An exploration of maternal sensitivity, culture and context in Alexandra township
Dawson, Nicola Kathleen
Western-developed theories of child development predominate, despite the fact that less than 10% of the world’s children are born in the Western world. In an attempt to address the paucity of African studies into parenting and child development, this study researched the applicability of the construct of maternal sensitivity to the context of Alexandra Township, in Johannesburg, South Africa. Using a combined psychoanalytic and social constructionist theoretical framework, this study used a mixed method, concurrent triangulation approach to better understand local maternal behaviour and ideas about good mothering. The study found overall congruence between local ideas about good mothering, and Ainsworth’s original conceptualisation of maternal sensitivity. Some convergences with subsequent adaptations of the concept of maternal sensitivity were identified, including an unanticipated assertion that local mothers should play with their babies and should not leave their babies with family members. Divergences with more recent Western-developed operationalisations of the construct were found in the areas of warmth, verbal responsiveness, and facilitation of learning. Poverty, threats to safety and experiences of loss were identified as contextual factors that influence parenting goals, ideals, and behaviours in the setting. Maternal control, interference and non-responsiveness to infant wants and during divided attention were found to be common maternal behaviours in the setting. Such maternal behaviours are put forward as both adaptive and maladaptive, using developmental and evolutionary arguments. Maternal sensitivity is concluded to be an appropriate construct for application in the setting, and the need for infant mental health interventions which can drive social change are highlighted.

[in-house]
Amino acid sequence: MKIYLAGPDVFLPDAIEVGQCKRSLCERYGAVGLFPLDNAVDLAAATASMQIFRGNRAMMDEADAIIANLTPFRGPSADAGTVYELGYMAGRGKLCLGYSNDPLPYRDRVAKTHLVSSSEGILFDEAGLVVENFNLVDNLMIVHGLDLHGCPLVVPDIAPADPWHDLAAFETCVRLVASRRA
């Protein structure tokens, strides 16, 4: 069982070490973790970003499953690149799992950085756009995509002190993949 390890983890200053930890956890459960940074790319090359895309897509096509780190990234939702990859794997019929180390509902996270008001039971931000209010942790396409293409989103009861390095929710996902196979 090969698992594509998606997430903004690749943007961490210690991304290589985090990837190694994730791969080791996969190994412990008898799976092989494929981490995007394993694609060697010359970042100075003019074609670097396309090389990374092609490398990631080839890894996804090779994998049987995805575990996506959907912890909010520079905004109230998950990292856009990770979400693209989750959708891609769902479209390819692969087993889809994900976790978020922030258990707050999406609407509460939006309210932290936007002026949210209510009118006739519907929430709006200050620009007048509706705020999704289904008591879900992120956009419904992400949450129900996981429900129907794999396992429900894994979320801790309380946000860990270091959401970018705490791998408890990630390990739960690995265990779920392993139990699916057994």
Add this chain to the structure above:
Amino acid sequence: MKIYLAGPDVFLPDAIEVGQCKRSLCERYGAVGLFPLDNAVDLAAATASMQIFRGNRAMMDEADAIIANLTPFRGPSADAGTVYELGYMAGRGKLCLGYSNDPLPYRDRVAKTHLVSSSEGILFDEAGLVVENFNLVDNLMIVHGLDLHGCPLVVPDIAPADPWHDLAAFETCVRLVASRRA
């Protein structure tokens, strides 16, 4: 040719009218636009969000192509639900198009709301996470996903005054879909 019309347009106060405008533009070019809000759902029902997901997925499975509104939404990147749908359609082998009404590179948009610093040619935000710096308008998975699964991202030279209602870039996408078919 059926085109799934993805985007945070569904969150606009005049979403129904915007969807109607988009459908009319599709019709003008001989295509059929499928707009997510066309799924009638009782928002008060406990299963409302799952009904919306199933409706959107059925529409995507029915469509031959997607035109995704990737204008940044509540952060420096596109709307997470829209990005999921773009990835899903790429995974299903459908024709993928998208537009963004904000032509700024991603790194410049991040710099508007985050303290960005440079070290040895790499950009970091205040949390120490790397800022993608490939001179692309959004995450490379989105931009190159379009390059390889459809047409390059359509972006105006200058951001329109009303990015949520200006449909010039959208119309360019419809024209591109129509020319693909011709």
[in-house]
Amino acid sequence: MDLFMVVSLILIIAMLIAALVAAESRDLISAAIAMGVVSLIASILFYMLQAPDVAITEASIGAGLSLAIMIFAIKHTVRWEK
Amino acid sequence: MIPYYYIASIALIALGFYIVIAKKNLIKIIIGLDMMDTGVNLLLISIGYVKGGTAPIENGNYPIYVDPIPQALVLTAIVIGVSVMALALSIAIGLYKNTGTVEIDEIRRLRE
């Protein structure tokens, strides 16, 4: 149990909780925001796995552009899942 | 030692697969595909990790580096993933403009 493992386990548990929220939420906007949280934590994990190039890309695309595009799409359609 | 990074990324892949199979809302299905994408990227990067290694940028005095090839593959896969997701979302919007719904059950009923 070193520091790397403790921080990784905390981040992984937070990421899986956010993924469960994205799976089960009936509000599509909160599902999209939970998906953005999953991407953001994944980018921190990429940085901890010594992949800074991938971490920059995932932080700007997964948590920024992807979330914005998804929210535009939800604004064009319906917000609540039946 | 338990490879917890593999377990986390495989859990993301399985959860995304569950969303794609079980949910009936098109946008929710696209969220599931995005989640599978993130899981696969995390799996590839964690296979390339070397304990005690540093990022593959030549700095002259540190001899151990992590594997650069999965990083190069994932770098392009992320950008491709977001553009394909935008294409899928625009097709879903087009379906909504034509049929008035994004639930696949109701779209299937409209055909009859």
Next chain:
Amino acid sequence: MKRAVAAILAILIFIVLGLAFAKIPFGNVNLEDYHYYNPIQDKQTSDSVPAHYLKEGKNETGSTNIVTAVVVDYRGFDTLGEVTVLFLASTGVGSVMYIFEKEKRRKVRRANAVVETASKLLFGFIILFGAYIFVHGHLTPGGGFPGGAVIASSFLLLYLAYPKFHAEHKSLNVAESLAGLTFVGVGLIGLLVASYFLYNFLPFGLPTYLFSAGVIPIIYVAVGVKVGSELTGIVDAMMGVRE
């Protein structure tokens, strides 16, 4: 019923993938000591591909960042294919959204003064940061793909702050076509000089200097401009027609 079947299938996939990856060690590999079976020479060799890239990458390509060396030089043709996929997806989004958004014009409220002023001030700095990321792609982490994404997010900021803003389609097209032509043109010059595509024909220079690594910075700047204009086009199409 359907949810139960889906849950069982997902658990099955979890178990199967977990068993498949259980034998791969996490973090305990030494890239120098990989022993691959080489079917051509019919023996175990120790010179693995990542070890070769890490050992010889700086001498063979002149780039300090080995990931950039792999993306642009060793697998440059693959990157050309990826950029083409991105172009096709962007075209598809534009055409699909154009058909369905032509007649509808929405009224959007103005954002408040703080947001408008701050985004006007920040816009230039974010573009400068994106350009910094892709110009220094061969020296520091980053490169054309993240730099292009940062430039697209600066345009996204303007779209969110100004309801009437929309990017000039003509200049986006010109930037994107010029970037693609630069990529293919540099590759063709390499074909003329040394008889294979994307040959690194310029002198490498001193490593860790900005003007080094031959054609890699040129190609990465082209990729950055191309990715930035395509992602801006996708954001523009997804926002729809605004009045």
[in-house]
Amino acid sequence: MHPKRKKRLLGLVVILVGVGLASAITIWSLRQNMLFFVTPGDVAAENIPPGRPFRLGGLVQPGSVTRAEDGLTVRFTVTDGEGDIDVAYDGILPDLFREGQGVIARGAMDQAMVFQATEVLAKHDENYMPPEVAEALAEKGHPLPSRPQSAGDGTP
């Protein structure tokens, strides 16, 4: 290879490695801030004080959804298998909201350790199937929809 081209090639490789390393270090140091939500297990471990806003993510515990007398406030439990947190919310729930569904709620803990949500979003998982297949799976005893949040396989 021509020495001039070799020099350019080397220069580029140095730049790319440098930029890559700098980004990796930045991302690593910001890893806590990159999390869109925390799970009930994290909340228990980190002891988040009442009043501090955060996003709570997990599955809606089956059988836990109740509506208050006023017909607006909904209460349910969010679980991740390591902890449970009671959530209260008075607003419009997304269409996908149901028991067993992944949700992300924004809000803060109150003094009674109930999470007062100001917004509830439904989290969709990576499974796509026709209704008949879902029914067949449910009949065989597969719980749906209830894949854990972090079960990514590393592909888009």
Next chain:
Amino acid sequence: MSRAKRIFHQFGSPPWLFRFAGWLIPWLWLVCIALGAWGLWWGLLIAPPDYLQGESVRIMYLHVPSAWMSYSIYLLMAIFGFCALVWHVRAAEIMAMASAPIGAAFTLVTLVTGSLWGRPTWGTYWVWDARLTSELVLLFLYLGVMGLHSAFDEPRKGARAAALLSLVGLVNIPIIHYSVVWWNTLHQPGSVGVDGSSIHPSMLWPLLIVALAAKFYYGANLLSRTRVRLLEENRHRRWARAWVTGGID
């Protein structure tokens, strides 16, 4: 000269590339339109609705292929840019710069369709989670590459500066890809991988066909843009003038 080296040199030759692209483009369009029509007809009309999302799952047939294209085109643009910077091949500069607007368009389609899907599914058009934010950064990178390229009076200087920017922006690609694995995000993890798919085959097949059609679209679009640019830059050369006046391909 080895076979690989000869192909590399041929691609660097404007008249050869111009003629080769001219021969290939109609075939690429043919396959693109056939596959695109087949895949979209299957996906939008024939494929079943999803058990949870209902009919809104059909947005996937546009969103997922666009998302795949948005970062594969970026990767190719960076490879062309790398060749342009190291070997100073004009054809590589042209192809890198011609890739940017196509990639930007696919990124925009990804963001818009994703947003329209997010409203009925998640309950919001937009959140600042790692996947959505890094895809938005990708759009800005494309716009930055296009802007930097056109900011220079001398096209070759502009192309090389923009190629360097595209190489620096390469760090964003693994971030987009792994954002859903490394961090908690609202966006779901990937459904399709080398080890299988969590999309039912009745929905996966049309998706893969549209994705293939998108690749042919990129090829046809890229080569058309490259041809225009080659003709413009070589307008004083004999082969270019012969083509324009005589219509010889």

A thesis submitted in fulfilment of the requirements for the degree of Doctor of Philosophy in Psychology to the Faculty of Humanities, School of Human and Community Development, University of the Witwatersrand, Johannesburg, 2021